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The Nevilles and the political establishment in north-eastern England, 1377-1413
By Mark Arvanigian
PhD Dissertation, Durham University, 1999
Abstract: The purpose of this thesis is to uncover the nature of landed society in the NorthEast, and the creation of a new political matrix there from c.1377-1413. It will trace the development of a Lancastrian North-East, and the role played by the Neville family and other members of the region’s elite in it. The Nevilles were instrumental in Henry IV’s rise to power, and became the focal point of his subsequent efforts to stabilise the North. Much of their influence in later generations was the result of the political successes of Ralph Neville, first earl of Westmorland, and his rise to prominence in this period was the direct result of his Lancastrian associations. His career will therefore be closely considered.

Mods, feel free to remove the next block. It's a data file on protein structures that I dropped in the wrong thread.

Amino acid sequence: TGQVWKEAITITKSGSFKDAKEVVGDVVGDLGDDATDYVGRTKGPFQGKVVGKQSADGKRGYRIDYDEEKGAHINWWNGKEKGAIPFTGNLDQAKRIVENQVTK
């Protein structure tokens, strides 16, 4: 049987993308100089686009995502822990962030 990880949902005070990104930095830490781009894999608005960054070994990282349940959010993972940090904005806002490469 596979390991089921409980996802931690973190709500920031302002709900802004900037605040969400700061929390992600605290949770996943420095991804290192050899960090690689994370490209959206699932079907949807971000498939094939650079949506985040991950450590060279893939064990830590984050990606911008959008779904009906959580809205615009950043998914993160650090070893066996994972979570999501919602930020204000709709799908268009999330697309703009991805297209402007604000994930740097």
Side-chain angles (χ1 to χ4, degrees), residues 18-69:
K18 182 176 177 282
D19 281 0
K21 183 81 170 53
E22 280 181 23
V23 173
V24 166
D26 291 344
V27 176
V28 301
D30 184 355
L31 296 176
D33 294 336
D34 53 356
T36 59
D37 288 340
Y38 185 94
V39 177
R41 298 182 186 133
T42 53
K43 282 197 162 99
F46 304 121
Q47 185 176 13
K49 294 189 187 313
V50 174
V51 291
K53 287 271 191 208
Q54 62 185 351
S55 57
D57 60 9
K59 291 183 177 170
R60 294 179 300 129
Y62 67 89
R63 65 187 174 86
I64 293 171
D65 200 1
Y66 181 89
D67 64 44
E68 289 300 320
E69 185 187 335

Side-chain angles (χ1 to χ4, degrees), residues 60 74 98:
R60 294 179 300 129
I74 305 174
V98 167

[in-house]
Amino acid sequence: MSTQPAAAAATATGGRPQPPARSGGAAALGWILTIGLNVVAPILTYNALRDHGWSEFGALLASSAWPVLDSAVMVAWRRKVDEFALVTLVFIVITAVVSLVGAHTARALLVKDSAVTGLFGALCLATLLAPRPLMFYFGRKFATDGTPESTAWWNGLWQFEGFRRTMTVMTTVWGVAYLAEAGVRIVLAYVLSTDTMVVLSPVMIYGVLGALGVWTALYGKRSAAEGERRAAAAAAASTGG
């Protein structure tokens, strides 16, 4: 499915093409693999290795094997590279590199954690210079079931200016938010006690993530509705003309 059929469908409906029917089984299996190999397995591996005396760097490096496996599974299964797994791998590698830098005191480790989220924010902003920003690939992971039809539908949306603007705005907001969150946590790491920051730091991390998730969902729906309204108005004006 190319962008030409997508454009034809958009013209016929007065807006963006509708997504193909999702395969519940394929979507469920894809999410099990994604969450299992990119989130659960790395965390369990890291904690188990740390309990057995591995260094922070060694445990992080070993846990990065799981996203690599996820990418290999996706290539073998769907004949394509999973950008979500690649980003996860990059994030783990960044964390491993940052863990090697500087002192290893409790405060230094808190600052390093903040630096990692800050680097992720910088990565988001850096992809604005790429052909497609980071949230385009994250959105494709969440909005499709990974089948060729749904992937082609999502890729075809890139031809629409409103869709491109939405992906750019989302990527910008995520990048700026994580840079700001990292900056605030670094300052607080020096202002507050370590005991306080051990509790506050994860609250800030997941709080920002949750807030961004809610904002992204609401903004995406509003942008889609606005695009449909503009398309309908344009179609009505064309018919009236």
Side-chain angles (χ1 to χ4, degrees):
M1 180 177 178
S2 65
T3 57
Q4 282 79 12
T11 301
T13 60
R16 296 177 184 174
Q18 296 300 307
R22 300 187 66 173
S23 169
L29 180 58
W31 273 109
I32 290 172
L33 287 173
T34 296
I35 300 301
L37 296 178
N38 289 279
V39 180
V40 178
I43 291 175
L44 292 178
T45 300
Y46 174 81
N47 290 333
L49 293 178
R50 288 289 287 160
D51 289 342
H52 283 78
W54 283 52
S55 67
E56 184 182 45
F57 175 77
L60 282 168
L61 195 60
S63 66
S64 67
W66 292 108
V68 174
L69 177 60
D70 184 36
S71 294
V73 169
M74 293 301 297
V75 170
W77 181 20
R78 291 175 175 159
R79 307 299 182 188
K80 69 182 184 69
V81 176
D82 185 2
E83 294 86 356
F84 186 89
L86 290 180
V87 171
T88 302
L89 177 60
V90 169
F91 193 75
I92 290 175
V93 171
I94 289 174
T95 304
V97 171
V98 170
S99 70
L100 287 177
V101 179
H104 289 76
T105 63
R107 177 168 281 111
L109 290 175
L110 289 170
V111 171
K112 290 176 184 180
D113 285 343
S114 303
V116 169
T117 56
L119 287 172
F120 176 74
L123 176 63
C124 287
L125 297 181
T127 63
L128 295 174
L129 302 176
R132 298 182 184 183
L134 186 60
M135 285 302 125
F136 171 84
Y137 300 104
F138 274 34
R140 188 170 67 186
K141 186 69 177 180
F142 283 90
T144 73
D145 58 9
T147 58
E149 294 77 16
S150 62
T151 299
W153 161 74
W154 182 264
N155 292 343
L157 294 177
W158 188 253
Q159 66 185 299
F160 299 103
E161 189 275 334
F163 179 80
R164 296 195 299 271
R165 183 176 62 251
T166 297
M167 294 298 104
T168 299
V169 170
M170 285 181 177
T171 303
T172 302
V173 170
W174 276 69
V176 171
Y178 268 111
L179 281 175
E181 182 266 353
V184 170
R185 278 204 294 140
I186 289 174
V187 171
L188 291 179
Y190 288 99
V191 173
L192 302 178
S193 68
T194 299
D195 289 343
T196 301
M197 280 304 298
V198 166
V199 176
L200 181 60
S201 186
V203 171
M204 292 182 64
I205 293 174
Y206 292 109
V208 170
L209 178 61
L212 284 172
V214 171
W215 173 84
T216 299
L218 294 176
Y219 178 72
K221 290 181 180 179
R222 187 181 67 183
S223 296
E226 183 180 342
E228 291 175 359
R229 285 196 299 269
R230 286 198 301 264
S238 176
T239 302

However, other members of the North-east’s political community also rose to prominence in this period. Most notable among these was Sir Ralph Eure, a Durham knight of considerable ability who became perhaps the most important political figure below comital rank in the region. In overseeing the running of the palatinate of Durham, and holding the office of sheriff and numerous other commissions in the counties of Yorkshire and Northumberland, Eure ensured great continuity and competence in the northern administration, and eased the transition from Ricardian to Lancastrian regimes in this most unstable of regions.
The thesis will therefore investigate the careers of many members of the northeastern gentry, and place them within the local and national political framework. This was a diverse and dynamic group, with a range of interests and abilities; this is reflected in their office holding and financial choices. By studying especially the most important of these figures, and by using the excellent records of the palatinate of Durham – one of the finest sets of surviving medieval provincial records in the country – the thesis will thereby illustrate the nature of secular political society in Durham ad the North-East, in the context of the national political scene.